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NBA's Changing Face of Free Agency: Form a Big Three

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NBA's Changing Face of Free Agency: Form a Big Three
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Melo wasn't budging, and there was very little anyone could do about it. 

He wanted the bright lights of Broadway, and nothing was getting in his way. Not the Denver Nuggets. Not the New Jersey Nets. Not La La Vasquez, George Carl or East Baltimore.

The list goes on and on. In fact, Carmelo Anthony is just the latest NBA superstar to say, "I'm gonna pick the team and city where I want to live and create another dynasty."

Today's free agent wants a championship yesterday, and they'll do anything to get it.

Melo figures he's part two of the New York Knicks' pending "Big Three." Conventional wisdom has New Orleans point guard Chris Paul joining the Knicks as a free agent this summer and thus creating another trio of superstars.

The Boston Celtics sort of did it a few years ago. General Manager Danny Ainge is credited with teaming Kevin "KG" Garnett, Paul "The Truth" Pierce, and Ray "Jesus Shuttlesworth" Allen, but you can't tell me those three ballers weren't thinking about forming a big three.

Let's get a grip here. They knew what they were doing, and more power to them; it led to a championship.

Of course, that championship team has since been jeopardized by the trade of Kendrick Perkins, but that's for another column. The original big three started it all, and others are carrying the torch.

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The Heatles did it next. The basketball world watched as the Miami Heat constructed its own championship-caliber team with three superstars. 

Before we go any further, I think Dwayne Wade and LeBron James are indeed in that category, but Chris Bosh is more of a complementary piece to those two players. I don't place him in the same category as D-Wade and LBJ.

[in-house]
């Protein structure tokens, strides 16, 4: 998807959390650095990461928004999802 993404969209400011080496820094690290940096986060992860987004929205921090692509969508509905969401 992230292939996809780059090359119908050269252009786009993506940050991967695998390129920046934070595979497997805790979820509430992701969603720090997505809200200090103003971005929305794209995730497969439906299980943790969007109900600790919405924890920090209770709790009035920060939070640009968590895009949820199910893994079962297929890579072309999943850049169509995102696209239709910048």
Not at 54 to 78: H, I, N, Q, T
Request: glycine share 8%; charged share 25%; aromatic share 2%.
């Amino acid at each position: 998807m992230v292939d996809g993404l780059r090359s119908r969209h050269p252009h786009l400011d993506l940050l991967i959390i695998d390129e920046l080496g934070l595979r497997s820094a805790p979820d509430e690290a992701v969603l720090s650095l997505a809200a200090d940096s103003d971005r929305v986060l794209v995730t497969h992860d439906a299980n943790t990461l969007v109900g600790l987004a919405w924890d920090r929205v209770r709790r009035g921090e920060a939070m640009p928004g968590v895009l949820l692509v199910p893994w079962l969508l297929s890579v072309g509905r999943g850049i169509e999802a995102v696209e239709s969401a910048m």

However, they all decided to play together, and another big three was born. 

They took a lot of heat (no pun intended) for it, but stuck to their guns in the face of scathing criticism. LeBron took most of the flak, but all three were forced to answer unending questions about their strategy. 

LeBron's plan was a little cheesy and created some bad television, but so what? 

It was his face, his strategy, and his "Decision," so why should we care? The very people talking smack about his TV special were the very ones glued to their television set watching it. 

If you don't like the guy, why are you watching his TV program? 

And please don't get me started on the ignorance of Cleveland Cavaliers owner Dan "I Own You, LeBron" Gilbert and his cloudy-headed fans in Northern Ohio. That's the reason I'm proud of growing up in Cincinnati instead of Cleveland, the "Mistake by the Lake." 

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But with that aside, another trio of potential championship players are now in place. It isn't the way Earvin "Magic" Johnson, Larry Bird, Michael "Air" Jordan and others would have done it, but it is done. 

Deal with it.

Despite a slow start and a handful of shaky losses, the Miami Heat are now looking like one of the teams to beat.

The Los Angeles Lakers did it too. We all remember a few years ago when Kobe said he wanted out of L.A.; rumors had him going to the Chicago Bulls. He himself said Chicago was a viable option at the time. 

About the same time, General Manager Mitch Kupchak's wedgie got just a little bit tighter.

He didn't want to be known as the front-office guy who allowed the greatest player in the world to walk away. Kupchak's legacy was hanging in the balance, until he got a call from Lakers Hall-of-Famer and (now former) General Manager Jerry West of the Memphis Grizzlies

In a deal that still raises eyebrows, West offered up seven-footer Pau Gasol for the taking. All of a sudden, Kobe had someone to play pick-and-roll with every night.